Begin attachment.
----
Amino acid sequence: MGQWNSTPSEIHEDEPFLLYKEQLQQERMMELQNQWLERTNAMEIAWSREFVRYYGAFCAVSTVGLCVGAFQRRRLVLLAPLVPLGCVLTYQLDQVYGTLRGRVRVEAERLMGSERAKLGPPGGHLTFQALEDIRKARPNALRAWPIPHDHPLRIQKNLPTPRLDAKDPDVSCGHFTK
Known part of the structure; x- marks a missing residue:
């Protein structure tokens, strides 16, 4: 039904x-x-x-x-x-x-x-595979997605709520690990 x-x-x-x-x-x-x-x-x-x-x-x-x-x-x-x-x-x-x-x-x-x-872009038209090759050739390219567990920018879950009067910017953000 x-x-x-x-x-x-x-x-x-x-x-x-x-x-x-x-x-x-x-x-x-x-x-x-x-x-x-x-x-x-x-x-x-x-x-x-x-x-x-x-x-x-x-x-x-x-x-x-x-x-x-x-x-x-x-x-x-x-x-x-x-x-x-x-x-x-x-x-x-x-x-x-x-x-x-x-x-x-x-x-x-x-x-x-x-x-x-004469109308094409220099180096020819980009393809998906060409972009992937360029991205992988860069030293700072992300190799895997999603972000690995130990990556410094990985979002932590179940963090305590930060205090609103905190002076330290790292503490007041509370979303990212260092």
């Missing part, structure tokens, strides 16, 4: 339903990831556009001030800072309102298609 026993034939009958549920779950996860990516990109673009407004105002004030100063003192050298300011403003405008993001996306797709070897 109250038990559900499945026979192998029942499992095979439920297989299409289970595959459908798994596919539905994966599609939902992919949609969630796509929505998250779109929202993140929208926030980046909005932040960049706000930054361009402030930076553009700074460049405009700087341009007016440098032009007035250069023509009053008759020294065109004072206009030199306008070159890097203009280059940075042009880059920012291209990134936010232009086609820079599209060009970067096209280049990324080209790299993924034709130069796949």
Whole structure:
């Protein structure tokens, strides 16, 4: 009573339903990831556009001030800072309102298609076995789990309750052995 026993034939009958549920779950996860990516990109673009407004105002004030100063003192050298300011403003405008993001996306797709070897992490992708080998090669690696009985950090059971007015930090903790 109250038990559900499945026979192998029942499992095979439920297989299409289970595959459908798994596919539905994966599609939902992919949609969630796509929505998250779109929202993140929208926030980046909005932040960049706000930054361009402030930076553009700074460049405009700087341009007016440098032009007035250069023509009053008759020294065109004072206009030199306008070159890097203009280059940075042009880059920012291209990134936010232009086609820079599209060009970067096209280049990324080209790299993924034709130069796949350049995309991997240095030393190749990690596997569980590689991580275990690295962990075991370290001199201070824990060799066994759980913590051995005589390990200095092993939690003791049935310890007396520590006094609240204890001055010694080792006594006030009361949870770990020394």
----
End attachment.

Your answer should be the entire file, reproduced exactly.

Amino acid sequence: MGQWNSTPSEIHEDEPFLLYKEQLQQERMMELQNQWLERTNAMEIAWSREFVRYYGAFCAVSTVGLCVGAFQRRRLVLLAPLVPLGCVLTYQLDQVYGTLRGRVRVEAERLMGSERAKLGPPGGHLTFQALEDIRKARPNALRAWPIPHDHPLRIQKNLPTPRLDAKDPDVSCGHFTK
Known part of the structure; x- marks a missing residue:
């Protein structure tokens, strides 16, 4: 039904x-x-x-x-x-x-x-595979997605709520690990 x-x-x-x-x-x-x-x-x-x-x-x-x-x-x-x-x-x-x-x-x-x-872009038209090759050739390219567990920018879950009067910017953000 x-x-x-x-x-x-x-x-x-x-x-x-x-x-x-x-x-x-x-x-x-x-x-x-x-x-x-x-x-x-x-x-x-x-x-x-x-x-x-x-x-x-x-x-x-x-x-x-x-x-x-x-x-x-x-x-x-x-x-x-x-x-x-x-x-x-x-x-x-x-x-x-x-x-x-x-x-x-x-x-x-x-x-x-x-x-x-004469109308094409220099180096020819980009393809998906060409972009992937360029991205992988860069030293700072992300190799895997999603972000690995130990990556410094990985979002932590179940963090305590930060205090609103905190002076330290790292503490007041509370979303990212260092």
């Missing part, structure tokens, strides 16, 4: 339903990831556009001030800072309102298609 026993034939009958549920779950996860990516990109673009407004105002004030100063003192050298300011403003405008993001996306797709070897 109250038990559900499945026979192998029942499992095979439920297989299409289970595959459908798994596919539905994966599609939902992919949609969630796509929505998250779109929202993140929208926030980046909005932040960049706000930054361009402030930076553009700074460049405009700087341009007016440098032009007035250069023509009053008759020294065109004072206009030199306008070159890097203009280059940075042009880059920012291209990134936010232009086609820079599209060009970067096209280049990324080209790299993924034709130069796949």
Whole structure:
């Protein structure tokens, strides 16, 4: 009573339903990831556009001030800072309102298609076995789990309750052995 026993034939009958549920779950996860990516990109673009407004105002004030100063003192050298300011403003405008993001996306797709070897992490992708080998090669690696009985950090059971007015930090903790 109250038990559900499945026979192998029942499992095979439920297989299409289970595959459908798994596919539905994966599609939902992919949609969630796509929505998250779109929202993140929208926030980046909005932040960049706000930054361009402030930076553009700074460049405009700087341009007016440098032009007035250069023509009053008759020294065109004072206009030199306008070159890097203009280059940075042009880059920012291209990134936010232009086609820079599209060009970067096209280049990324080209790299993924034709130069796949350049995309991997240095030393190749990690596997569980590689991580275990690295962990075991370290001199201070824990060799066994759980913590051995005589390990200095092993939690003791049935310890007396520590006094609240204890001055010694080792006594006030009361949870770990020394």